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HOW DOES THAT WORK - Body Scanners

Images from a millimetre wave scanner © WikiCommons

Images from a millimetre wave scanner © WikiCommons

Airport security scans have come a long way since the first walk-through metal detectors were installed in US airports in 1972 following a series of hijackings. These detectors were adapted from devices used in the mining industry to find broken drill bits lodged in ore, and send electrical current through a coil to produce a magnetic field.

In the 1990s, improved scanners using backscatter X-ray technology were brought in for full-body imaging. Emitting low-level X-rays, they detect the pattern of absorption or reflection (backscatter) from the target object to form an image. They can identify organic, nonconductive material and show concealed weapons – metal or not – by their backscatter patterns. A decision to withdraw backscatter X-ray scanners which emit ionising radiation was made under an EU directive in 2011 “in order not to risk jeopardising citizens’ health and safety.”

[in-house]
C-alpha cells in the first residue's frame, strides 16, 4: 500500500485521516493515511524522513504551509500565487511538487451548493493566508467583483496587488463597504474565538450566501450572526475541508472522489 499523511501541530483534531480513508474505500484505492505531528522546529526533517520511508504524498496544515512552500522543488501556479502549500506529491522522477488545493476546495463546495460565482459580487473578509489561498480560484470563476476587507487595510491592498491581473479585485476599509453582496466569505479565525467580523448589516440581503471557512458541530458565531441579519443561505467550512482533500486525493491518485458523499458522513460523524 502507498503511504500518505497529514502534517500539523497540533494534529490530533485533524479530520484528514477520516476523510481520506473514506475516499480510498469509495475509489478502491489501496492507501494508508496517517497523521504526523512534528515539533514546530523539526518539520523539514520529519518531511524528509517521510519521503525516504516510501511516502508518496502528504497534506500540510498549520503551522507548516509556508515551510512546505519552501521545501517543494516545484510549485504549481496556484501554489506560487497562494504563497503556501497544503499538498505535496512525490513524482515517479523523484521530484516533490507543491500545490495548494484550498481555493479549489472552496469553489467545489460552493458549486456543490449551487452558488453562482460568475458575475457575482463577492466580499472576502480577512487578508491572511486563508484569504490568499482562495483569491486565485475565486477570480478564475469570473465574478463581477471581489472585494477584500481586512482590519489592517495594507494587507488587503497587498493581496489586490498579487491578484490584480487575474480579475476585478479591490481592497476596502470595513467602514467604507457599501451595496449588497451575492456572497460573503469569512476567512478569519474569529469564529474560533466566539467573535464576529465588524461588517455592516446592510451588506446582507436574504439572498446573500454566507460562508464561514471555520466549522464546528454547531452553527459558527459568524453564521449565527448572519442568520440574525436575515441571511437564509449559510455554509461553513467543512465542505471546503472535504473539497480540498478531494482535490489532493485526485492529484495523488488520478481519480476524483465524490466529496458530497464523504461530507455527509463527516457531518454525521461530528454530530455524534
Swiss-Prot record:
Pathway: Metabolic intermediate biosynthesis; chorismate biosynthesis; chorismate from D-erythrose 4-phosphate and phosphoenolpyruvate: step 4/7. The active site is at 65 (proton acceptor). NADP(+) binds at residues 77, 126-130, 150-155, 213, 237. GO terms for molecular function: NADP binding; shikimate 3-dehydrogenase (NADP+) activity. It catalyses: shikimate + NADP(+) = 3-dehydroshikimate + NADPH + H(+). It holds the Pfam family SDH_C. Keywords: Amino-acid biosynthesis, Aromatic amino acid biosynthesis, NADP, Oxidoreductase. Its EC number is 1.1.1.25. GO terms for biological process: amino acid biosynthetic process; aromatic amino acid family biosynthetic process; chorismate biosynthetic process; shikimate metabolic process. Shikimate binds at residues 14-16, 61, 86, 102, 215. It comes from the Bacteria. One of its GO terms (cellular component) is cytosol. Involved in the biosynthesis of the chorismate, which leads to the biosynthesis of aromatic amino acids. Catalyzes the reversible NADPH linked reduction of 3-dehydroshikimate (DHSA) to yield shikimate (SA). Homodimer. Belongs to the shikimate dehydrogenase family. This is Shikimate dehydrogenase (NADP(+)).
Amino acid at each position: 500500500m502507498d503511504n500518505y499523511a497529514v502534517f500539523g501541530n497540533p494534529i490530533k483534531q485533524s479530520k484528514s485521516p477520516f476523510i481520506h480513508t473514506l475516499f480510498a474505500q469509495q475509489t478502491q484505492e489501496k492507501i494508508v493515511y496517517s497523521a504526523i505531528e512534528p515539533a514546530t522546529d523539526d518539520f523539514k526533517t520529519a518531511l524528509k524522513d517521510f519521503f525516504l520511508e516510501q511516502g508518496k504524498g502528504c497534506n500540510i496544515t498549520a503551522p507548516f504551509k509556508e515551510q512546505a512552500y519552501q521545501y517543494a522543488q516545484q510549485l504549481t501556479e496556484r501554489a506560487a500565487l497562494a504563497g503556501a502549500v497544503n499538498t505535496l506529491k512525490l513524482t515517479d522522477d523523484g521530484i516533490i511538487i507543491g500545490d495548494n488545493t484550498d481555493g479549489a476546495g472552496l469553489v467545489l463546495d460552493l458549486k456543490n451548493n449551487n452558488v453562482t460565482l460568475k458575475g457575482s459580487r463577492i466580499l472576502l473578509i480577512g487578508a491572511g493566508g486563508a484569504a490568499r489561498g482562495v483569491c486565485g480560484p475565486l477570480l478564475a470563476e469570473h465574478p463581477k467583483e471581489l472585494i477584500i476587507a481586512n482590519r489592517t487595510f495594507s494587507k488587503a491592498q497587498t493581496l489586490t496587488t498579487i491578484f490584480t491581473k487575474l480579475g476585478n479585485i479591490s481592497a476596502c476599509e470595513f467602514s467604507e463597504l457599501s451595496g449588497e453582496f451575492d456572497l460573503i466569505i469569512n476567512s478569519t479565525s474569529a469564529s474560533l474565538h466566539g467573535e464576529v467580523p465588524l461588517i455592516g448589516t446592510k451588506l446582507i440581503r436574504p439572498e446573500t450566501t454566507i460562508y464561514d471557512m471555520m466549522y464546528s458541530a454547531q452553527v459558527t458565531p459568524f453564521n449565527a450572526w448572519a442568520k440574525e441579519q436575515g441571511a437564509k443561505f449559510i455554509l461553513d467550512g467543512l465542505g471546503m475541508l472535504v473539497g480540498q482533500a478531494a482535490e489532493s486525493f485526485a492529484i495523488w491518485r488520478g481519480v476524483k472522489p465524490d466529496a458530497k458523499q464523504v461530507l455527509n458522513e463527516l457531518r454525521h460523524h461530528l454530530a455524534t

A competing technology, using millimetre wave scanners, has caused controversy for producing too-realistic images of the bodies they’re scanning. The scanners use the 360-degree reflection and absorption of millimetre waves around an object, at a power output many times lower than personal devices like mobile phones, to produce 3D images. A version that produces more acceptable generic ‘stick’ passenger representations is now being rolled out across the US and incorporates automatic target recognition.

Future research proposed under a European framework programme aims to develop concepts based on millimetre wave scanners that would enable truly walk-through systems for passengers and significantly reduce pre-boarding queues at airports.

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